Rescued 94-year-old smoke victim dies

Published 3:07 pm Saturday, August 31, 2013

The 94-year-old woman firefighters rescued Wednesday from a smoke-filled house on the west side of Albert Lea has died of carbon monoxide poisoning.

Helen Modderman passed away at 4:30 p.m. Thursday at Hennepin County Medical Center. Albert Lea firefighters were dispatched to 410 Bel Aire Drive shortly after 5 p.m. Wednesday, where they doused the interior fire, pulled her from the home and carried her to a waiting Gold Cross ambulance.

Ambulance personnel resuscitated her before delivering to Mayo Clinic Health System in Albert Lea. She was airlifted to Hennepin County Medical Center in downtown Minneapolis, where she spent time in a hyperbaric chamber while in the intensive care unit. Hyperbaric chambers provide pure oxygen to patients, and increase the amount of oxygen in a body’s tissue.

Helen Modderman sits with a cat she grew to like, even though she previously never liked cats. -- Submitted

Helen Modderman sits with a cat she grew to like, even though she previously never liked cats. — Submitted

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Investigators haven’t stated a cause of the fire, but Modderman’s daughter, Jane Haukoos, said the family believes it was the electrical lift chair or the air conditioner.

Capt. Lee DeVries of the Albert Lea Fire Department said the investigation is ongoing and a determination has not been made. The State Fire Marshal’s Office is involved.

Jane said her mother’s lungs improved with the medical treatment but she never regained consciousness. She praised the police, fire and medical staff for their work.

Modderman is survived by her only child, Jane, and Jane’s husband, Steve, who live in Alden. Steve called dispatchers about the smoke when he had stopped to check on Helen. Jane and Steve have two grown children, Gina, 23, and Heather, 27.


An unexpected kitty

A cat living in the home survived the fire, and Jane and Gina shared a story about the feline that Helen warmed up to.

“My mom hated cats. There was never a like for cats ever,” Jane said.

Gina had a cat, a blue Russian named Persnickety, when she was in college. Last fall, Gina moved in with her grandmother to be a caretaker and kept the cat locked in the basement while she was away being a student teacher in Lake Mills.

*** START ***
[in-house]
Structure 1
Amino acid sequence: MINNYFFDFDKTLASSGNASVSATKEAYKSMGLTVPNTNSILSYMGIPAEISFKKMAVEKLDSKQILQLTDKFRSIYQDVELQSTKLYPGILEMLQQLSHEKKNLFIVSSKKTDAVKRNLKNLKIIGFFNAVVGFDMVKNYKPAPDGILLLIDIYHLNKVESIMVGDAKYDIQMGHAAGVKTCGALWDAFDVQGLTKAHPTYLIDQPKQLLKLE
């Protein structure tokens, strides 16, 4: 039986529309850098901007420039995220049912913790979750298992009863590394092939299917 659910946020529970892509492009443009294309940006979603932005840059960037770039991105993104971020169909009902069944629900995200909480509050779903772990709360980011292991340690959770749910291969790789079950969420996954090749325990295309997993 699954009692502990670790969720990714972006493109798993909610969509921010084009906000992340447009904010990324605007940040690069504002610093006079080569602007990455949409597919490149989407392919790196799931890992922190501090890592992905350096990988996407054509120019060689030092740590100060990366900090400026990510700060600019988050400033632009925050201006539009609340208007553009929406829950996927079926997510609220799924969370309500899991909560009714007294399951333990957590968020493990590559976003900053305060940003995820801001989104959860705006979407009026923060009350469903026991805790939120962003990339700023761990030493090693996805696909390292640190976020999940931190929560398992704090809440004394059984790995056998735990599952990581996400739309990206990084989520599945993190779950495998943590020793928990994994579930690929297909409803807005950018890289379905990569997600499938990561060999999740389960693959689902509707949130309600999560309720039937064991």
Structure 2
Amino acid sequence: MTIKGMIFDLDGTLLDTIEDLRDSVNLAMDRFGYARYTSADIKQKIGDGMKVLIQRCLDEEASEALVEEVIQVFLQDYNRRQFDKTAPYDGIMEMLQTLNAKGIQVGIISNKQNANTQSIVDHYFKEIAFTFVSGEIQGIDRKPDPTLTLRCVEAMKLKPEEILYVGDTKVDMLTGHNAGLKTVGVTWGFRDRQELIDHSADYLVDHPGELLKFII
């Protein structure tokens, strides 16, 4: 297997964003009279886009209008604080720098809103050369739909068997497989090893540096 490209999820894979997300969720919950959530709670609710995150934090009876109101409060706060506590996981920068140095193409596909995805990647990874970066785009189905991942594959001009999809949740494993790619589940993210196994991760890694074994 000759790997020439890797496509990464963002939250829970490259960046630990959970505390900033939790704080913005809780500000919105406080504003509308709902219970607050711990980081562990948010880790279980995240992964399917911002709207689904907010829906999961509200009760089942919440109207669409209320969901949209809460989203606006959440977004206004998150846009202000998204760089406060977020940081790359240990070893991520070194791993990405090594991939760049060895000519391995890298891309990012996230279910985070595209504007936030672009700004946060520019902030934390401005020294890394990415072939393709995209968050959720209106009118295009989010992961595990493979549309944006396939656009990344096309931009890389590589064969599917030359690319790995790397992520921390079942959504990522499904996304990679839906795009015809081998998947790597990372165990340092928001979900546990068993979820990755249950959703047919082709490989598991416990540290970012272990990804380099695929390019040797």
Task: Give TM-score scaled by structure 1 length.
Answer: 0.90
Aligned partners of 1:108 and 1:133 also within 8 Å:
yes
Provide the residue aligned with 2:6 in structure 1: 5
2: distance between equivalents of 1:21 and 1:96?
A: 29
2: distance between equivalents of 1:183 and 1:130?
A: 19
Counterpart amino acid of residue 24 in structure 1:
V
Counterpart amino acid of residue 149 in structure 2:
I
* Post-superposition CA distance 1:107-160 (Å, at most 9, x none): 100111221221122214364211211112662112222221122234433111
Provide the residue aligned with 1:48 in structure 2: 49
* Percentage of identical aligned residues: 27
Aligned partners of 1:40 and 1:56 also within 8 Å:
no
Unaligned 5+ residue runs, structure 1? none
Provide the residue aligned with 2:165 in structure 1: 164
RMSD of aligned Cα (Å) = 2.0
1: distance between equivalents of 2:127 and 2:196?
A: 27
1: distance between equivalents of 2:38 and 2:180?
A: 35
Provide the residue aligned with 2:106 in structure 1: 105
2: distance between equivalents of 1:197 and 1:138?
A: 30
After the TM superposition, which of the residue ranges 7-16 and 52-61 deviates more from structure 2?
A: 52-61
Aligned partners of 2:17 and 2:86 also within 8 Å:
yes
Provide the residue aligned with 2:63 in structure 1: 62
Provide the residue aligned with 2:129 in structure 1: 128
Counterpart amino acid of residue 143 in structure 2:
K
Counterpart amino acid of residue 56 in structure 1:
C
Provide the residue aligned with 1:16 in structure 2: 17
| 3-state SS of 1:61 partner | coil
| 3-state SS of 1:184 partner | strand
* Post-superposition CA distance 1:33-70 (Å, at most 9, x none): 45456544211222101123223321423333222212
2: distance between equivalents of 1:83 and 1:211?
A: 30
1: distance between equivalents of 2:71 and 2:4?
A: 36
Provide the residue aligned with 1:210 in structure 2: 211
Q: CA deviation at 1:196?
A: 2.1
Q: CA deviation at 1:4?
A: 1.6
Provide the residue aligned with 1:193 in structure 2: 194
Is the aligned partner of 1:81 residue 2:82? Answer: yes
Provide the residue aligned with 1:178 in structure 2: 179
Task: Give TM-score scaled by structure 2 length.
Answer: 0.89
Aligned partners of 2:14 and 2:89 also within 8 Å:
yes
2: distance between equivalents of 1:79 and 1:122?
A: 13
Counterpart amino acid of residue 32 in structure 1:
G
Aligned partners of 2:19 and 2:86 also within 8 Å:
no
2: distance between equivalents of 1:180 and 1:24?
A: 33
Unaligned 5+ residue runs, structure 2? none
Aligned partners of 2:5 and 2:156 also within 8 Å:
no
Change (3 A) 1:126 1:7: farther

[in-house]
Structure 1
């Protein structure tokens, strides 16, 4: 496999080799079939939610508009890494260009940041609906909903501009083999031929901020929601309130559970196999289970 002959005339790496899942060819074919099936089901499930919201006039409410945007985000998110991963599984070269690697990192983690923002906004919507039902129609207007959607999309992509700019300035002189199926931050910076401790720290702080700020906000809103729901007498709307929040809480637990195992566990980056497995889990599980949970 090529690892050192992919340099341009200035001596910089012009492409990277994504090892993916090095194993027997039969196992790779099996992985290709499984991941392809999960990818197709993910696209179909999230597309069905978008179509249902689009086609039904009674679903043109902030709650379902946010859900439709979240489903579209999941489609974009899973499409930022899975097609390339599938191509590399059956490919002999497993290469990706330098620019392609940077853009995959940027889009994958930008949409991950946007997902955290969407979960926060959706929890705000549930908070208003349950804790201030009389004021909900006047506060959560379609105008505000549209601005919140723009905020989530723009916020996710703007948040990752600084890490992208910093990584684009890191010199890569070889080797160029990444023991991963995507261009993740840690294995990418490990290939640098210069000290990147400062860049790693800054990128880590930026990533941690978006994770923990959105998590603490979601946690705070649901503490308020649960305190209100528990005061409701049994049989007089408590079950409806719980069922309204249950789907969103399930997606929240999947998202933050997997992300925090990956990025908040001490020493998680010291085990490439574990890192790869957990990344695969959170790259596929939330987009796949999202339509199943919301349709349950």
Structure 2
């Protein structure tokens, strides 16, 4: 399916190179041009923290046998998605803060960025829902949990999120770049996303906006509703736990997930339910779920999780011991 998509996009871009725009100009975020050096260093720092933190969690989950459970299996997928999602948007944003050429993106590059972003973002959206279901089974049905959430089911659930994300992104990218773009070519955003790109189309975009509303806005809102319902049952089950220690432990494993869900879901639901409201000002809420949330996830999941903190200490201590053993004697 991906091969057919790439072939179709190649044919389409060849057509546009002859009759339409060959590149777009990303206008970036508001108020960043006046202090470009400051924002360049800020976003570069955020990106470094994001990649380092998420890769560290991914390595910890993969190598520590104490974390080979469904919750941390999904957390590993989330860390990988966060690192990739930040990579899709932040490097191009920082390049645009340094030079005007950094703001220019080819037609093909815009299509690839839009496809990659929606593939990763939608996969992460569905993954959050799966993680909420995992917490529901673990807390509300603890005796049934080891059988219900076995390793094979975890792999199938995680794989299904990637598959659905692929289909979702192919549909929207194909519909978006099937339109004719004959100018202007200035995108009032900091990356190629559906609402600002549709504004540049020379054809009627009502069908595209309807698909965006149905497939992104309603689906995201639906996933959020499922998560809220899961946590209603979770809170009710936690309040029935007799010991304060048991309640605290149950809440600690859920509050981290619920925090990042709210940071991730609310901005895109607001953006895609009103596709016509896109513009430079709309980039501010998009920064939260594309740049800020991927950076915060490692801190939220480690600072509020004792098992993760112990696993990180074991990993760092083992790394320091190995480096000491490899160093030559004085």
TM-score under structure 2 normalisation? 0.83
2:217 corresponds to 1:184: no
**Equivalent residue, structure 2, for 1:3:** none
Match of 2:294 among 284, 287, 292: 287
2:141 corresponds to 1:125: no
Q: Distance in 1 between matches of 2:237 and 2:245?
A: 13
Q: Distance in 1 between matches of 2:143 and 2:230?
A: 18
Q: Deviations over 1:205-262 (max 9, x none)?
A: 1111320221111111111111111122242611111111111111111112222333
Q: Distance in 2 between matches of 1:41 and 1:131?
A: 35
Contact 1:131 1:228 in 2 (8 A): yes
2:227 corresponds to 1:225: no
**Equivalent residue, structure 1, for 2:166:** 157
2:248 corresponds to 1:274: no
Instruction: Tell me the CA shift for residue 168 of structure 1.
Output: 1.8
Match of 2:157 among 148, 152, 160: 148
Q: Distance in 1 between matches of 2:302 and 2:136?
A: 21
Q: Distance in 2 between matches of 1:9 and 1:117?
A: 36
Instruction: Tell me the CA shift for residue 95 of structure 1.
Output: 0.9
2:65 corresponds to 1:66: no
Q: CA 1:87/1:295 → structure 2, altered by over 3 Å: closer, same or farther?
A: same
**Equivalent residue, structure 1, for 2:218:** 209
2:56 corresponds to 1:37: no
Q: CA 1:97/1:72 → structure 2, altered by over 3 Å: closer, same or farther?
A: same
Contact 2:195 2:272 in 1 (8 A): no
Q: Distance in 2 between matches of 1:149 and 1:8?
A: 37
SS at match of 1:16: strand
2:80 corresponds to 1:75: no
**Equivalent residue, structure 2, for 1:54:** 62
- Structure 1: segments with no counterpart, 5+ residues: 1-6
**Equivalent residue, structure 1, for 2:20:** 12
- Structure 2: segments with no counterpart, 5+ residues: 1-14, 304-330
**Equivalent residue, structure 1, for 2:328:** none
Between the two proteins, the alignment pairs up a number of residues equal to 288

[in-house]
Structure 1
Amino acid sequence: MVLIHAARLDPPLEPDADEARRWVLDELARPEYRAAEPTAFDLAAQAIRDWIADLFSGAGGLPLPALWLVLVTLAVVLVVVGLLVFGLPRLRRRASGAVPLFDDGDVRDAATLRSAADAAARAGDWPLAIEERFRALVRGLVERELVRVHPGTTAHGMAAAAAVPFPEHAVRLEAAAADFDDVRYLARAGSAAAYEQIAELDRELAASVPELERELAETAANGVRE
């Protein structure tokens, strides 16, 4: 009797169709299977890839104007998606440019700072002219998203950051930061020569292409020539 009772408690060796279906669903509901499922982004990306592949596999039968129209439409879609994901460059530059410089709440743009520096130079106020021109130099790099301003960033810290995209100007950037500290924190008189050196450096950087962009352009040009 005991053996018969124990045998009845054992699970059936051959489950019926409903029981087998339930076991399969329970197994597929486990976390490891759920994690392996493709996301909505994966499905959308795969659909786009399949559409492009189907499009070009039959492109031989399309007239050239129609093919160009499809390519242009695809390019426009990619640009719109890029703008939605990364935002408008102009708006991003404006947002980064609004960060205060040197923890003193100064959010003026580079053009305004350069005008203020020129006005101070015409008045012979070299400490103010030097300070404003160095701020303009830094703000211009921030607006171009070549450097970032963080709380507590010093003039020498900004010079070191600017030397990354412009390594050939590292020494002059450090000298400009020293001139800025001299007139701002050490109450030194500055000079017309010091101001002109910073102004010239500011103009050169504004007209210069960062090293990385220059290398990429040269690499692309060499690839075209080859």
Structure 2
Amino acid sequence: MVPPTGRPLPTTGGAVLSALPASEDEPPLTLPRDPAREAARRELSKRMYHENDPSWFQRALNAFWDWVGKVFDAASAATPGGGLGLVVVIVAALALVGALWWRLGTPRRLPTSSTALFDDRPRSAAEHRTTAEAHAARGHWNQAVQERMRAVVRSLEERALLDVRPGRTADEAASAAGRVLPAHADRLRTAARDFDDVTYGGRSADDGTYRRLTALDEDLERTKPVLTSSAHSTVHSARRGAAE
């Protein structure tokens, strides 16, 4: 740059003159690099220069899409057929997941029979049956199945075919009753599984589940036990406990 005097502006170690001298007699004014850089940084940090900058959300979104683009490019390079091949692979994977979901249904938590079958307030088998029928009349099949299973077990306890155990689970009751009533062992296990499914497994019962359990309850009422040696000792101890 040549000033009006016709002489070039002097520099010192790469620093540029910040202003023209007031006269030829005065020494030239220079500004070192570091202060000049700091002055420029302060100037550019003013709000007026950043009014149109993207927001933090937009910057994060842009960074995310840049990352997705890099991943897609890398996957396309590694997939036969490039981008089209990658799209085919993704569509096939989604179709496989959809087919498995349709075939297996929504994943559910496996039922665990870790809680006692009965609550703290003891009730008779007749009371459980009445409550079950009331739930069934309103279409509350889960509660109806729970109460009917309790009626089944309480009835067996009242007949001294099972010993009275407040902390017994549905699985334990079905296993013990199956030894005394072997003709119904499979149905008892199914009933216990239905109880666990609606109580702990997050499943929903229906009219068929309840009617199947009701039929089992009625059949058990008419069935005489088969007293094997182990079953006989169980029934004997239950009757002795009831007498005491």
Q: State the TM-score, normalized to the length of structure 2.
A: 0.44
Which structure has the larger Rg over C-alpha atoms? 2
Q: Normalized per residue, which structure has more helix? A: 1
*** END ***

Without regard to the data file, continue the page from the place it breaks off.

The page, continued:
Finally, Helen called her daughter and said she heard a cat but could not locate one outside. Jane admitted there was a cat living in the basement, and Helen said she did not want that cat. She reluctantly agreed to let it live in the basement.

It wasn’t long before the family discovered while talking over the wireless telephone that Helen was in the basement. Why was she down there? Helen told her daughter that the cat kept crying, so she went down to comfort it. Jane eventually advised her to let the cat come upstairs.

Helen didn’t really like the name Persnickety, so she called it Cat.

When Gina moved out in January, Cat stayed with Helen, and “the two were best buddies,” Jane said.

“She hated cats, but she adopted this one,” she said.

She said the ancient Chinese believed the blue Russian breed — this one even had white paws — had healing properties. In late June, Helen fell. She had a bruise on her arm and needed 15 stitches in her head. The bruise and scar healed faster than the family and caregivers at St. John’s Lutheran Home expected for a 94-year-old.

After that, the family was “all about the healing properties of this cat,” Jane said.

For the past two weeks, a caregiver decided the pet needed a better name and called it Smoky, which Gina said turned out to be quite a coincidence. The cat will go back to living with Gina.

Haukoos said her mother liked watching “Antiques Roadshow” on PBS and listening to the music of singer Danny O’Donnell.

Late August has been an eventful time for the family, Haukoos said.

Helen died on Aug. 29. Her husband, George, died at the age of 89 in 2002 on Aug. 26. He was buried on Aug. 29. Her birthday was Aug. 23. His birthday was Aug. 30. The house fire was on Aug. 28.

Arrangements are pending at Bonnerup Funeral Service in Albert Lea.

About Tim Engstrom

Tim Engstrom is the editor of the Albert Lea Tribune. He resides in Albert Lea with his wife, two sons and dog.

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